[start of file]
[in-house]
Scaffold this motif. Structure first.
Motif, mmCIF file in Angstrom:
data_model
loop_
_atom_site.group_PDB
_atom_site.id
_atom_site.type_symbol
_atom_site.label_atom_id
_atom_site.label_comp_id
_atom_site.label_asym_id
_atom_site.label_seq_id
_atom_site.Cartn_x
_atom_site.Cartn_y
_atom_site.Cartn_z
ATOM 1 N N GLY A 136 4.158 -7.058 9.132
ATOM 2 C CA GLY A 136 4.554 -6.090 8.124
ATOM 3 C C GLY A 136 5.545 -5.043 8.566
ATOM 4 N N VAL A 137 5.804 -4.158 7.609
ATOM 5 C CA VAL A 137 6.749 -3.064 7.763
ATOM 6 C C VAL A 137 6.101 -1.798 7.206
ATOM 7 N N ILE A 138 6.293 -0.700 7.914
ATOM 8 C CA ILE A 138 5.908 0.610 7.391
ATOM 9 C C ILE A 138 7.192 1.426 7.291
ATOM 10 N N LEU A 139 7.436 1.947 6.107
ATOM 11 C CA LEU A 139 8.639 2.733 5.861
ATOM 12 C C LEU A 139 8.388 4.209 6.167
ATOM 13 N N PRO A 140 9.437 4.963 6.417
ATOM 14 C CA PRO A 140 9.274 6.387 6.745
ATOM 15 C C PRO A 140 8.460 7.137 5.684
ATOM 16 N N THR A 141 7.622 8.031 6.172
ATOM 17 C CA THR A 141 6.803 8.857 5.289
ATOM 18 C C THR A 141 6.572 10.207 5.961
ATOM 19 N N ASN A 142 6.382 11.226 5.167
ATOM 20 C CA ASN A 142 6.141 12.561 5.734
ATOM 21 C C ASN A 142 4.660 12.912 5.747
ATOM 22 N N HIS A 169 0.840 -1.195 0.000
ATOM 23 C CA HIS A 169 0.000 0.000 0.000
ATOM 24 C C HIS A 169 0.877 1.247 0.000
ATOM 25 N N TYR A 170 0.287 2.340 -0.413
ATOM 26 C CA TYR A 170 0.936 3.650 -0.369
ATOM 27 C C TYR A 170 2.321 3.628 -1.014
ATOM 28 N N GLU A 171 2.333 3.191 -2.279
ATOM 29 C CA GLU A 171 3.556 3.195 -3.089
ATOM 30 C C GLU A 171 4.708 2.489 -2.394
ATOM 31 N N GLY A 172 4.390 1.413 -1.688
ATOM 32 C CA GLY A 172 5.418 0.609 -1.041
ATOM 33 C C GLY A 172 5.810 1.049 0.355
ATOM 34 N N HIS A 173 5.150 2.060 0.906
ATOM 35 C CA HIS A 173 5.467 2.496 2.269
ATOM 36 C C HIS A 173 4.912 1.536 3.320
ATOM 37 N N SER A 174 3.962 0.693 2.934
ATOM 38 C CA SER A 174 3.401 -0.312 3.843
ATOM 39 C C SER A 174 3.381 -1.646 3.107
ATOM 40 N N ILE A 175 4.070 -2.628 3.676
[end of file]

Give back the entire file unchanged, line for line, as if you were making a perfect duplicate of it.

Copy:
[in-house]
Scaffold this motif. Structure first.
Motif, mmCIF file in Angstrom:
data_model
loop_
_atom_site.group_PDB
_atom_site.id
_atom_site.type_symbol
_atom_site.label_atom_id
_atom_site.label_comp_id
_atom_site.label_asym_id
_atom_site.label_seq_id
_atom_site.Cartn_x
_atom_site.Cartn_y
_atom_site.Cartn_z
ATOM 1 N N GLY A 136 4.158 -7.058 9.132
ATOM 2 C CA GLY A 136 4.554 -6.090 8.124
ATOM 3 C C GLY A 136 5.545 -5.043 8.566
ATOM 4 N N VAL A 137 5.804 -4.158 7.609
ATOM 5 C CA VAL A 137 6.749 -3.064 7.763
ATOM 6 C C VAL A 137 6.101 -1.798 7.206
ATOM 7 N N ILE A 138 6.293 -0.700 7.914
ATOM 8 C CA ILE A 138 5.908 0.610 7.391
ATOM 9 C C ILE A 138 7.192 1.426 7.291
ATOM 10 N N LEU A 139 7.436 1.947 6.107
ATOM 11 C CA LEU A 139 8.639 2.733 5.861
ATOM 12 C C LEU A 139 8.388 4.209 6.167
ATOM 13 N N PRO A 140 9.437 4.963 6.417
ATOM 14 C CA PRO A 140 9.274 6.387 6.745
ATOM 15 C C PRO A 140 8.460 7.137 5.684
ATOM 16 N N THR A 141 7.622 8.031 6.172
ATOM 17 C CA THR A 141 6.803 8.857 5.289
ATOM 18 C C THR A 141 6.572 10.207 5.961
ATOM 19 N N ASN A 142 6.382 11.226 5.167
ATOM 20 C CA ASN A 142 6.141 12.561 5.734
ATOM 21 C C ASN A 142 4.660 12.912 5.747
ATOM 22 N N HIS A 169 0.840 -1.195 0.000
ATOM 23 C CA HIS A 169 0.000 0.000 0.000
ATOM 24 C C HIS A 169 0.877 1.247 0.000
ATOM 25 N N TYR A 170 0.287 2.340 -0.413
ATOM 26 C CA TYR A 170 0.936 3.650 -0.369
ATOM 27 C C TYR A 170 2.321 3.628 -1.014
ATOM 28 N N GLU A 171 2.333 3.191 -2.279
ATOM 29 C CA GLU A 171 3.556 3.195 -3.089
ATOM 30 C C GLU A 171 4.708 2.489 -2.394
ATOM 31 N N GLY A 172 4.390 1.413 -1.688
ATOM 32 C CA GLY A 172 5.418 0.609 -1.041
ATOM 33 C C GLY A 172 5.810 1.049 0.355
ATOM 34 N N HIS A 173 5.150 2.060 0.906
ATOM 35 C CA HIS A 173 5.467 2.496 2.269
ATOM 36 C C HIS A 173 4.912 1.536 3.320
ATOM 37 N N SER A 174 3.962 0.693 2.934
ATOM 38 C CA SER A 174 3.401 -0.312 3.843
ATOM 39 C C SER A 174 3.381 -1.646 3.107
ATOM 40 N N ILE A 175 4.070 -2.628 3.676